Jian Fan, Dreamstime.com
Illustration 145370080 © Jian Fan5370080

Managing Hardware Root of Trust for Multiple Serial Devices

Dec. 14, 2020
The Mach-NX platform developed by Lattice Semiconductor can protect one or more serial memory devices used to boot systems.

What you’ll learn

  • How to secure the boot process.
  • How Lattice Sentry protects serial memory-based solutions.
  • Where Mach-NX fits into the solution.

A hardware root of trust (HRoT) is the basis for most secure computer systems. This typically includes secure key storage and hardware to use these keys to verify the contents of memory before host processors can run a program. Some systems incorporate the HRoT into the processor chip, but many rely on off-chip systems to provide such security.

Lattice Semiconductor’s Mach-NX secure FPGA platform is an off-chip solution that’s able to manage one or more serial memory devices. It allows a single system to handle complex, multichip systems in an integrated fashion. The Lattice Sentry system, initially available on the MaxhX03D FPGA, now works with the Mach-NX chips.

The Mach-NX is an FPGA with a number of hard blocks, including a secure enclave (Fig. 1). It has a configurable platform firmware resiliency (PFR) that supports elliptic curve cryptography (ECC) to detect unauthorized changes in serial memory managed by the chip. The PFR is NIST 800-193 compliant.

The chip utilizes a hard RISC-V core with its own dual flash memory. The dual memory allows it to handle its own over-the-air (OTA) updates.

A cryptographically secure immutable ID also is included. By handling its own secure boot, the chip is able to manage the booting of external devices that utilize serial memories (Fig. 2). The Mach-NX can just monitor the memory path or sit between the serial memory and its matching host. In the latter case, it checks the memory before the host can even use it. Likewise, this allows the chip to handle OTA updates independent of the host.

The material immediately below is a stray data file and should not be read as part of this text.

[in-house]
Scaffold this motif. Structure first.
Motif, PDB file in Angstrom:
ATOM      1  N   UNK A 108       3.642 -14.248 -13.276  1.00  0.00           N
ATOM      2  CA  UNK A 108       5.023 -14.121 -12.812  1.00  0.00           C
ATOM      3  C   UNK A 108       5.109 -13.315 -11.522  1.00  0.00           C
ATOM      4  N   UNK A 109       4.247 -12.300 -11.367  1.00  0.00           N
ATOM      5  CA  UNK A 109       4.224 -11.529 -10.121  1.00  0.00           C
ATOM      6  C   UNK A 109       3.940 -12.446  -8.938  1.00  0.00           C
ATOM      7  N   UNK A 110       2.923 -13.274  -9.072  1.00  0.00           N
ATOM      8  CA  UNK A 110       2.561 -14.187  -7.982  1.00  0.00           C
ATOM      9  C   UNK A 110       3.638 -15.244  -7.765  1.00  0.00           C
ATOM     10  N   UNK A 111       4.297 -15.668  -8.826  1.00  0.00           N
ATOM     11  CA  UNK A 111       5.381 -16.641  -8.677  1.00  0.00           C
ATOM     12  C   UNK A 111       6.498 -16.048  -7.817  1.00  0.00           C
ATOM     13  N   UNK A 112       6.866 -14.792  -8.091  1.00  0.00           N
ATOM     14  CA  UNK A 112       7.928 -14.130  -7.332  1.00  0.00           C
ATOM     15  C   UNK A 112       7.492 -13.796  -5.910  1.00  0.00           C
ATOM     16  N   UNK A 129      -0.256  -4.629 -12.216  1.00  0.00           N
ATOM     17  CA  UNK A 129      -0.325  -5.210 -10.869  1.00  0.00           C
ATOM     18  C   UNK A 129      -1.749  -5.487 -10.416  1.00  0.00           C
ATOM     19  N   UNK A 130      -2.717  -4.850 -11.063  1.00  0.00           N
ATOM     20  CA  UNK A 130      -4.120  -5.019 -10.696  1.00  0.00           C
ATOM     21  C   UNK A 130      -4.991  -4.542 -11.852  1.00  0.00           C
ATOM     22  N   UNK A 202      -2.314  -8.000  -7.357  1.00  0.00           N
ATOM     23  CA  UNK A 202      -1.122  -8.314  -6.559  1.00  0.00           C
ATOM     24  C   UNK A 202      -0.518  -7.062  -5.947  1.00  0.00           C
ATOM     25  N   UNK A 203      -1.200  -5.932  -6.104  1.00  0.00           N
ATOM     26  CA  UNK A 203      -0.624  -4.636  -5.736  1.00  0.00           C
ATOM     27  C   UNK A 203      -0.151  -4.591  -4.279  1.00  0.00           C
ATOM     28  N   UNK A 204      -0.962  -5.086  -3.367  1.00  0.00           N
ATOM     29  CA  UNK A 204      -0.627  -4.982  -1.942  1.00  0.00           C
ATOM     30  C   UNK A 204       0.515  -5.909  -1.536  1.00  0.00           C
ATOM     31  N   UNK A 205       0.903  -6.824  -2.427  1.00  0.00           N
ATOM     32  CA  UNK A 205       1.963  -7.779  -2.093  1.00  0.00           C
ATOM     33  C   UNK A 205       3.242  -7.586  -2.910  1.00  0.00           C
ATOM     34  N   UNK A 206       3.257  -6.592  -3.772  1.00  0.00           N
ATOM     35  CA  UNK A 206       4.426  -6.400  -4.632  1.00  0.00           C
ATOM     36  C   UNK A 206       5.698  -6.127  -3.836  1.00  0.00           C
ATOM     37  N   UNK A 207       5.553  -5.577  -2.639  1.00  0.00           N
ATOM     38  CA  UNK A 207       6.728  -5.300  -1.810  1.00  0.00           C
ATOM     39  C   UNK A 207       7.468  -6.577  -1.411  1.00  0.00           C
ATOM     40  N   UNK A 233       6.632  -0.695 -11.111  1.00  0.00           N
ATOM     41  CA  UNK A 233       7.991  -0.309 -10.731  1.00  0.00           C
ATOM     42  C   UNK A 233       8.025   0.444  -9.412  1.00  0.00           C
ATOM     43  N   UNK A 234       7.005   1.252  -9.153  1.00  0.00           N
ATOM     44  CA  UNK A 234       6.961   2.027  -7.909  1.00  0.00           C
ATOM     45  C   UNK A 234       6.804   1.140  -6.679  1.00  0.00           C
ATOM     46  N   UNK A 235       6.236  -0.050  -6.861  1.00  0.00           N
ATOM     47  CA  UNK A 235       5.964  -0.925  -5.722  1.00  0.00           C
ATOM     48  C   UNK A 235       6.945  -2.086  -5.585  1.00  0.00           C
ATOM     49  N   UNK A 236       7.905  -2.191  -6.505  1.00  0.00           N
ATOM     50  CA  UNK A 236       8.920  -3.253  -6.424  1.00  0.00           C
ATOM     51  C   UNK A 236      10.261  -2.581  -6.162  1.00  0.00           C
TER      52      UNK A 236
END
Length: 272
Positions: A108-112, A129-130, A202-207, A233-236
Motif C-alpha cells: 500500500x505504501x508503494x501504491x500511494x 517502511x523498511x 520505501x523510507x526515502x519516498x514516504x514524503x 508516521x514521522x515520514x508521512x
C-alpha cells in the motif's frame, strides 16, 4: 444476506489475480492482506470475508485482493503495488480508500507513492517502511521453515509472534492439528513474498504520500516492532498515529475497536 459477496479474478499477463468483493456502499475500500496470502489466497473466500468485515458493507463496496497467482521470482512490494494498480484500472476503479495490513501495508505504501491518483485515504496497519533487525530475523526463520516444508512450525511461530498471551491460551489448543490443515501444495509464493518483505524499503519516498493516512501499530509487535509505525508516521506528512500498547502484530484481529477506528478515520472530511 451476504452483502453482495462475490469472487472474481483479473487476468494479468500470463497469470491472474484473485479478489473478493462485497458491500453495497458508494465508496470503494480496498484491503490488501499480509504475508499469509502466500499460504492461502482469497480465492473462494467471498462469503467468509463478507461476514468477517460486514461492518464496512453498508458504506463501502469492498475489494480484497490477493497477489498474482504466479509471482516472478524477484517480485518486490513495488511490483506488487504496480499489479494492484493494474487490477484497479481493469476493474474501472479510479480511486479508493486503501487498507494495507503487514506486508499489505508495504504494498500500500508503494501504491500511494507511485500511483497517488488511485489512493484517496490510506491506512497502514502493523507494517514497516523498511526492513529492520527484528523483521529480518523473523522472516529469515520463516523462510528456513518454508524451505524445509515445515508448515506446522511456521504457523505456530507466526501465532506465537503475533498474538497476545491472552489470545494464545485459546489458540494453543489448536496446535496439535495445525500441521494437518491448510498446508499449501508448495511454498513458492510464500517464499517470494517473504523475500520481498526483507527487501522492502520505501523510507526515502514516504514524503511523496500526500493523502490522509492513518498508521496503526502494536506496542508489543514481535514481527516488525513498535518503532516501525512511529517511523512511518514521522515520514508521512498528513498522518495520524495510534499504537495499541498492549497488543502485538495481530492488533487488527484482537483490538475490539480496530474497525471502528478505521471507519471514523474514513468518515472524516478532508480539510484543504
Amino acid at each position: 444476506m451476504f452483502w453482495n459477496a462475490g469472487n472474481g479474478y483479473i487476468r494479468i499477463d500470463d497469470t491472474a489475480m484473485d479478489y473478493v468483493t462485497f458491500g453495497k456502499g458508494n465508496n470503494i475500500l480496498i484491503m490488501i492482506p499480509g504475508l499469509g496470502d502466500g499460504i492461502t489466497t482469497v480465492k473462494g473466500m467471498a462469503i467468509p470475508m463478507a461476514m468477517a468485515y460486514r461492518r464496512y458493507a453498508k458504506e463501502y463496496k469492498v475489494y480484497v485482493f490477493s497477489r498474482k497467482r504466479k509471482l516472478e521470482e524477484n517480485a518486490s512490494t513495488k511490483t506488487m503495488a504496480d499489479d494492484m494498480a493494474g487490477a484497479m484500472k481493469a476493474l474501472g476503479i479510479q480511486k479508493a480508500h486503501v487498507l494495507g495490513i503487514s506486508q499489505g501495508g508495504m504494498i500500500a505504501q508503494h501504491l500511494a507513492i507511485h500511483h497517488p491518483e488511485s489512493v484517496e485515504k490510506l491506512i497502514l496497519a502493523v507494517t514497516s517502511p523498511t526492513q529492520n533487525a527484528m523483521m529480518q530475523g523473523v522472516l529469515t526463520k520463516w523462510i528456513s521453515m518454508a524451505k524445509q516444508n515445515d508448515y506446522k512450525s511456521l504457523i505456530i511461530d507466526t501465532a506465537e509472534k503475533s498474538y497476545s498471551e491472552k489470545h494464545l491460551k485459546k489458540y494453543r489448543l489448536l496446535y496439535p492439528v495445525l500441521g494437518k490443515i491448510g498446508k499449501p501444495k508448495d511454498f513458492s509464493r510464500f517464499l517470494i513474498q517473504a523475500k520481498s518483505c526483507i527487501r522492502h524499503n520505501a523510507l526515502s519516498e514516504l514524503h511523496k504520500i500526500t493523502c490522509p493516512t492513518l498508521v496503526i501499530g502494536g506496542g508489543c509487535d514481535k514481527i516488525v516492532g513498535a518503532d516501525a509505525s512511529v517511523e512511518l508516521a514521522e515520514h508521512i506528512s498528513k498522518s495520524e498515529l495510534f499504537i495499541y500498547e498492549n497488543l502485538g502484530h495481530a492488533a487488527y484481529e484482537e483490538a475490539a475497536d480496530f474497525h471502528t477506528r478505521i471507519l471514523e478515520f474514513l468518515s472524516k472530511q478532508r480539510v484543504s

The Mach-NX will start the boot process using its own internal memory. It can then check the contents of each serial memory before allowing the matching host to boot. Updates also could be performed at this point. This approach allows the host to utilize the memory as needed, even making changes while the Mach-NX makes sure any changes that would affect the boot process are flagged. Subsequently, the application running on the RISC-V core can determine what should be done. This might involve loading a known-good copy of the contents for the serial memory or preventing the host from booting.

Serial memory interfaces are managed by the Mach-NX’s FPGA. Thus, a single chip can handle different configurations and interfaces. The Lattice Propel Design Environment facilitates creation of an FPGA configuration.

The Mach-NX is designed to prevent various attacks on its content and operation. Because it’s able to operate on its own and maintain secure operations, the chip can be used within Lattice SupplyGuard, which is a secure supply-chain management system also announced earlier. The keys contained in the Mach-NX allow it to manage ownership and features as a product is moved from production to sales and to a customer. This helps prevent unauthorized grey-market production.

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